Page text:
When the hatch closed, Bond let out a deep breath. Mrs Krest said apologetically: “Please don't mind his jokes. It's just his sense of humour. And he's a bit contrary. He likes to see if he can rile people. It's very naughty of him. But it's really all in fun.”

Bond smiled reassuringly. How often did she have to make this speech to people, try and calm the tempers of the people Mr Krest had practised his 'sense of humour' on? He said: “I expect your husband needs a bit of knowing. Does he go on the same way back in America?”

She said without bitterness: “Only with me. He loves Americans. It's when he's abroad. You see, his father was a German, a Prussian really. He's got that silly German thing of thinking Europeans and so on are decadent, that they aren't any good any more. It's no use arguing with him. It's just a thing he's got.”

So that was it! The old Hun again. Always at your feet or at your throat. Sense of humour indeed! And what must this woman have to put up with, this beautiful girl he had got hold of to be his slave - his English slave? Bond said: “How long have you been married?”

“Two years. I was working as a receptionist in one of his hotels. He owns the Krest Group, you know. It was wonderful. Like a fairy story. I still have to pinch my self sometimes to make sure I'm not dreaming. This, for instance,” she waved a hand at the luxurious room, “and he's terribly good to me. Always giving me presents. He's a very important man in America, you know. It's fun being treated like royalty wherever you go.”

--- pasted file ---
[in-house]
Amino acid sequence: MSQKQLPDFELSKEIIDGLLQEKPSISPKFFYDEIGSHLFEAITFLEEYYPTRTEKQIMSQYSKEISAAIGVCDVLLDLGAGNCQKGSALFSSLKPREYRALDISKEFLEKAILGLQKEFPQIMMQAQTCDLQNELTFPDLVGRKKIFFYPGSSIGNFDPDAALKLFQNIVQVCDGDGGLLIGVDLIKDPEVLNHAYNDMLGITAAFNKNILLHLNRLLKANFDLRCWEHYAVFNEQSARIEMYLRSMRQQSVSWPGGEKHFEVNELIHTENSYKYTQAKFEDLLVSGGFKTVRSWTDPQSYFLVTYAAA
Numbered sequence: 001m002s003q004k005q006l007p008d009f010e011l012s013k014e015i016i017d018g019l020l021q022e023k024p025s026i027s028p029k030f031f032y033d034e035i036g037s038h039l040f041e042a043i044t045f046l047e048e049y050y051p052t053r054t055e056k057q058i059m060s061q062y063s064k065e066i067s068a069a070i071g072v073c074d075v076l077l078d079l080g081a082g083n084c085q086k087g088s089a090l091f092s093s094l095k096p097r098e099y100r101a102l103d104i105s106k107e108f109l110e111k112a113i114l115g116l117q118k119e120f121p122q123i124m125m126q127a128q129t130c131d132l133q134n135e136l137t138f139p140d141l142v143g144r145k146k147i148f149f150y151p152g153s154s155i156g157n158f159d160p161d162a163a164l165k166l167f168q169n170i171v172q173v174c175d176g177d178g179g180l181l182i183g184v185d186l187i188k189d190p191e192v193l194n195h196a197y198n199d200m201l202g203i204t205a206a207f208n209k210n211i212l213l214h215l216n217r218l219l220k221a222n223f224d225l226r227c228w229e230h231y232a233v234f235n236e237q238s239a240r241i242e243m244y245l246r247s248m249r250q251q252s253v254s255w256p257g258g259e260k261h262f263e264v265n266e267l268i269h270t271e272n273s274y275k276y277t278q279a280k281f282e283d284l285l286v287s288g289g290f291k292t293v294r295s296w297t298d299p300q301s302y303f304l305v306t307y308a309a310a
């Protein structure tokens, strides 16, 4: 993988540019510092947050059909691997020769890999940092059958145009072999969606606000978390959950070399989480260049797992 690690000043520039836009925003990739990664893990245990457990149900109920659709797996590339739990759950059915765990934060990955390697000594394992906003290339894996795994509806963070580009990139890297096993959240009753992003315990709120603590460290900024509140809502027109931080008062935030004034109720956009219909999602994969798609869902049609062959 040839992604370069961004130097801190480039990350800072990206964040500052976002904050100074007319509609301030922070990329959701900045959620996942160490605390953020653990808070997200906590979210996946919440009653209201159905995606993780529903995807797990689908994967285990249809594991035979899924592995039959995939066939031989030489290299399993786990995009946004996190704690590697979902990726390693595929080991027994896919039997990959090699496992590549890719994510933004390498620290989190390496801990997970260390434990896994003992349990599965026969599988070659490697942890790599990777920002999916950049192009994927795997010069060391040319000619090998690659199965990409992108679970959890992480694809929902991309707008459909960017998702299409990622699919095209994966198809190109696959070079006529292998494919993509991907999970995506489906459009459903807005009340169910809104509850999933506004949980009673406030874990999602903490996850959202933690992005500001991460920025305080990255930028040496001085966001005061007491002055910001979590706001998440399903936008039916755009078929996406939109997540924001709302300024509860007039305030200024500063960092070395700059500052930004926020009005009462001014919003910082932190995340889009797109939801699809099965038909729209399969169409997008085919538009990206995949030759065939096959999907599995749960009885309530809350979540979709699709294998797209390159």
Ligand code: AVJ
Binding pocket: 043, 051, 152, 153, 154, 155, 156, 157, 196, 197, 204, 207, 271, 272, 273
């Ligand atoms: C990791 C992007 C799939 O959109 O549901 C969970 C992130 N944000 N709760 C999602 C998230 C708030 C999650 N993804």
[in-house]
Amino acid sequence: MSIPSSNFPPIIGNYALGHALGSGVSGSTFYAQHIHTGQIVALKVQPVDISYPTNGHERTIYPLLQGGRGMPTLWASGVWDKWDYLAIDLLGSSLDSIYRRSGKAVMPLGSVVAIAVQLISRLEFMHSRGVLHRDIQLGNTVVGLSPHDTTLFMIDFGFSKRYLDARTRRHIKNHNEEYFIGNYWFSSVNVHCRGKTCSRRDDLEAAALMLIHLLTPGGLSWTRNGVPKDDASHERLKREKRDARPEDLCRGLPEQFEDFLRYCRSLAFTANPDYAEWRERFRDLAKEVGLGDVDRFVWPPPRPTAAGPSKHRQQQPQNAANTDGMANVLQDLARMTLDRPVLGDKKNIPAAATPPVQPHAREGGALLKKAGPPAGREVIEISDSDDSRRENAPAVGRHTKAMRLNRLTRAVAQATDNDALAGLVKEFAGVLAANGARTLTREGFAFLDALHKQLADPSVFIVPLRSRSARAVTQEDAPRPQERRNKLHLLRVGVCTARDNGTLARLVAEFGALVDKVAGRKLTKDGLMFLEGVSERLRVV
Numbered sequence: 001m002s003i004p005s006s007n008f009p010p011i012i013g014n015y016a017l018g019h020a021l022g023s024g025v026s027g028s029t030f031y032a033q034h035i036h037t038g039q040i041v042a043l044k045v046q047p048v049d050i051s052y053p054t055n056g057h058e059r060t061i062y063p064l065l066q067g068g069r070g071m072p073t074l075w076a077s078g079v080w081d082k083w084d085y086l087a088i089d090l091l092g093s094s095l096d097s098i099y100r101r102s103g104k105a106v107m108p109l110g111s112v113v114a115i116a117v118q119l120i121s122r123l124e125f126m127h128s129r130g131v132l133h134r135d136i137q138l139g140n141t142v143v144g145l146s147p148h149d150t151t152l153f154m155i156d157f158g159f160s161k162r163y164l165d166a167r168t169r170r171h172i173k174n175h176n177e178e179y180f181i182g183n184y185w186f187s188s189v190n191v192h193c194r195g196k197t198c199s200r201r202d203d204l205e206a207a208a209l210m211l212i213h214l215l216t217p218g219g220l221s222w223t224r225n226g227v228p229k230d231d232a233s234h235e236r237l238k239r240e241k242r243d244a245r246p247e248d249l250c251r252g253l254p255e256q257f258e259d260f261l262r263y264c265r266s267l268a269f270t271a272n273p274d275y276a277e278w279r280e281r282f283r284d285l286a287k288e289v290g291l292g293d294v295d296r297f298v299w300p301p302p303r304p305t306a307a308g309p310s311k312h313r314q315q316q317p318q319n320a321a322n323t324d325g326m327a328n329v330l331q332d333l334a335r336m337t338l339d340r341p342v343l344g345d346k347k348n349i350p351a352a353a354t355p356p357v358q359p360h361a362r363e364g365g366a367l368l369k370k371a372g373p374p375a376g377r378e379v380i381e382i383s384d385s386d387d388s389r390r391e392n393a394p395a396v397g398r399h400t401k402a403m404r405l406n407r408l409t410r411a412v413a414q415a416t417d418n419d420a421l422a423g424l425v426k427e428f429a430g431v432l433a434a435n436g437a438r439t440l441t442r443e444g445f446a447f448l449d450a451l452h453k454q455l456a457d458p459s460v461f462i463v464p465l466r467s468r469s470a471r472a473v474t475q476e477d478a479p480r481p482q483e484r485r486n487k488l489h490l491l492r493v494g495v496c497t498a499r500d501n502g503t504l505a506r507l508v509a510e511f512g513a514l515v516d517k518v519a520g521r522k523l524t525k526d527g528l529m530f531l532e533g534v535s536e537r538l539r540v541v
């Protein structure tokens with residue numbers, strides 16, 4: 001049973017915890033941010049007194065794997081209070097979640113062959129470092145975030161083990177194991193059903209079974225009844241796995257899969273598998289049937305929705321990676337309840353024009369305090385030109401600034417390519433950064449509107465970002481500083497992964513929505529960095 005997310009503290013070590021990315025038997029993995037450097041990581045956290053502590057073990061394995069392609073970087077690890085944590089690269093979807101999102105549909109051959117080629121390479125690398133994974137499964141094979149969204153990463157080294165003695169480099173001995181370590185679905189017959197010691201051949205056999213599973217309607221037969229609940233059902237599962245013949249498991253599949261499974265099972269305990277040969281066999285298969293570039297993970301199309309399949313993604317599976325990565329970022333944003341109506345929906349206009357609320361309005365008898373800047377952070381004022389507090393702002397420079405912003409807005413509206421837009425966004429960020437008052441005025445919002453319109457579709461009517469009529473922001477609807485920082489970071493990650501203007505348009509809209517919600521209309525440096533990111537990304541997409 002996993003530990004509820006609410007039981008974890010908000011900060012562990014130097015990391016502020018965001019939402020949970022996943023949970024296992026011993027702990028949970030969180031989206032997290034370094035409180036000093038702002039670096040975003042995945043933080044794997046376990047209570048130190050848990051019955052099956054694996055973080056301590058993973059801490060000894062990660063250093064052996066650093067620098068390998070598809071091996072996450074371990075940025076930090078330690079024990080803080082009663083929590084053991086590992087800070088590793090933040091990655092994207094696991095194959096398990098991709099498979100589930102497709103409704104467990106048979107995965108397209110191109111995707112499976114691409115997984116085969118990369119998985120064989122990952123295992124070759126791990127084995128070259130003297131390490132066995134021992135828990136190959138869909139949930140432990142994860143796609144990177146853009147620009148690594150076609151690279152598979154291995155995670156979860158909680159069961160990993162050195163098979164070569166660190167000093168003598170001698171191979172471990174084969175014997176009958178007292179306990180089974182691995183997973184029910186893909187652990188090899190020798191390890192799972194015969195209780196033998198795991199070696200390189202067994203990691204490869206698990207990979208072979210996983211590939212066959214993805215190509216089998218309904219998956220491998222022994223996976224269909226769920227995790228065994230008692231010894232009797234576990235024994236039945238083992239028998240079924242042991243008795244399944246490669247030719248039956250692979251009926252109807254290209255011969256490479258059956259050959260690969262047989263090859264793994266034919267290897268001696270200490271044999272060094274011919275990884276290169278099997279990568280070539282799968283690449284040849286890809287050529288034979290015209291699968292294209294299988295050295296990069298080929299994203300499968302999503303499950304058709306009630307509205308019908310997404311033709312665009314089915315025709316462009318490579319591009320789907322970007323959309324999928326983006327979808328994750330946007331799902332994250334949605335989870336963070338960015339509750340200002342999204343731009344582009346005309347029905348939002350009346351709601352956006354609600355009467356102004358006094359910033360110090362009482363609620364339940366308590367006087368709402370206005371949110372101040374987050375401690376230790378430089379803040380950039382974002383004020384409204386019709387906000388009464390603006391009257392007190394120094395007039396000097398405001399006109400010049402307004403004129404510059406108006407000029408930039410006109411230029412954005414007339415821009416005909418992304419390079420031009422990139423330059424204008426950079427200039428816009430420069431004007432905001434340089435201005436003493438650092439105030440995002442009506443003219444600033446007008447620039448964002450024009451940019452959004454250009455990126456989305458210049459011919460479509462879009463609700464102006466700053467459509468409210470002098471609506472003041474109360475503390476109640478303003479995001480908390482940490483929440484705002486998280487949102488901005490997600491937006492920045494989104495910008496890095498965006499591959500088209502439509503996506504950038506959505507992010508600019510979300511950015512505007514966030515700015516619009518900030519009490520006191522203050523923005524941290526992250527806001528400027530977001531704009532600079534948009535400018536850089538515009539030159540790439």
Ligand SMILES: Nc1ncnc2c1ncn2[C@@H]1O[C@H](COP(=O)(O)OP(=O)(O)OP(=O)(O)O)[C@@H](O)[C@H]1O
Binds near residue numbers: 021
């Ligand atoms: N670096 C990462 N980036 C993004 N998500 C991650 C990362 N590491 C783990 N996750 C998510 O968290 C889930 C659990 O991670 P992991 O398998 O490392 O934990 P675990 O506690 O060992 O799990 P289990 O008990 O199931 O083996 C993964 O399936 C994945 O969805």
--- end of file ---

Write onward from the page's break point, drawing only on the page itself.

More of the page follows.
“It must be. He likes that sort of thing, I suppose?”

“Oh yes.” There was resignation in the laugh. “There's a lot of the sultan in him, He get's quite impatient if he doesn't get proper service. He says that when one's worked very hard to get to the top of the tree one has a right to the best fruit that grows there.” Mrs Krest found she was talking too freely. She said quickly: “But really, what am I saying? Anyone would think we had known each other for years.” She smiled shyly. “I suppose it's meeting someone from England. But I really must go and get some more clothes on. I was sunbathing on deck.” There came a deep rumble from below-deck amidships. “There. We're off. Why don't you watch us leave harbour from the afterdeck, and I'll come and join you in a minute. There's so much I want to hear about London. This way.” She moved past him and slid open a door. “As a matter of fact, if you're sensible, you'll stake a claim to this for the nights. There are plenty of cushions, and the cabins are apt to get a bit stuffy in spite of the air-conditioning.”